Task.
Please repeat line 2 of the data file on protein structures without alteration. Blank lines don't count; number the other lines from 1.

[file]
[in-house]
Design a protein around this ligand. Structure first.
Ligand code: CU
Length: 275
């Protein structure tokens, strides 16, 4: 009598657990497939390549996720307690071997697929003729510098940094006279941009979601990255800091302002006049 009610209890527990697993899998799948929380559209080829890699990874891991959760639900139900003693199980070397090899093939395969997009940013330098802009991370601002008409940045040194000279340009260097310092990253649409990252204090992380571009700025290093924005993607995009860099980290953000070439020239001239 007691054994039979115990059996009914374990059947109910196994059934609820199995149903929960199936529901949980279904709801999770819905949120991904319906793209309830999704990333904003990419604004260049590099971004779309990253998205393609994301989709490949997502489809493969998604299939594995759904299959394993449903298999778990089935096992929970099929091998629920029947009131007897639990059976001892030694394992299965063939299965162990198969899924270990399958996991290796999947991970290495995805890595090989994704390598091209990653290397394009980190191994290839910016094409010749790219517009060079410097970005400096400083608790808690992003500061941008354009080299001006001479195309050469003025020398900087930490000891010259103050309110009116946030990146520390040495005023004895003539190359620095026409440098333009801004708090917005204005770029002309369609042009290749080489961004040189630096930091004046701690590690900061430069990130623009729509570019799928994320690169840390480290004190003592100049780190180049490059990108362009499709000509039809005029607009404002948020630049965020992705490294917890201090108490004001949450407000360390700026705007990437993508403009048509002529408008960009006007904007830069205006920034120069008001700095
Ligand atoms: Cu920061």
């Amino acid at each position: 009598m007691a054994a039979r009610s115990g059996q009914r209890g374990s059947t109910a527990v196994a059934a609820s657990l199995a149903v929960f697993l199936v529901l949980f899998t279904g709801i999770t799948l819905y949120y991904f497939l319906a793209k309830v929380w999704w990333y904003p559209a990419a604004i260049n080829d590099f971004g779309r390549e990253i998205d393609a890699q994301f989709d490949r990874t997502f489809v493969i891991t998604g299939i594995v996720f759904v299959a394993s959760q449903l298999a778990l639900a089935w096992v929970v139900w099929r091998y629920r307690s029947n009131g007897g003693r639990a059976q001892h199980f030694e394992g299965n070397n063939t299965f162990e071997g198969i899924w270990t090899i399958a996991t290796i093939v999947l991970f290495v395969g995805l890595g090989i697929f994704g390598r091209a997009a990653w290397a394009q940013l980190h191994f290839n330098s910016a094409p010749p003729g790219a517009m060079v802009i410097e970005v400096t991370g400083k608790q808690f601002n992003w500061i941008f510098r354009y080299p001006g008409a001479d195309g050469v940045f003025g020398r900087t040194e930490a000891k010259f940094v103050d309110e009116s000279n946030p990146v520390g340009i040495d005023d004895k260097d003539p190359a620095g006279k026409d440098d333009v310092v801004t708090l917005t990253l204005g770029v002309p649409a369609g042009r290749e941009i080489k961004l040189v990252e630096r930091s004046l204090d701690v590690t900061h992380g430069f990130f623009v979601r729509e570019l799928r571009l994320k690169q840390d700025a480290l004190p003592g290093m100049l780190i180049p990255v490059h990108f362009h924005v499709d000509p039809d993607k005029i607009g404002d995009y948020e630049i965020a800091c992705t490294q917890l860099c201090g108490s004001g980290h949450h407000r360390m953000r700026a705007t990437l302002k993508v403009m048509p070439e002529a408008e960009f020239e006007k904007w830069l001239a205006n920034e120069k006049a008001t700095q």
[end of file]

Design a protein around this ligand. Structure first.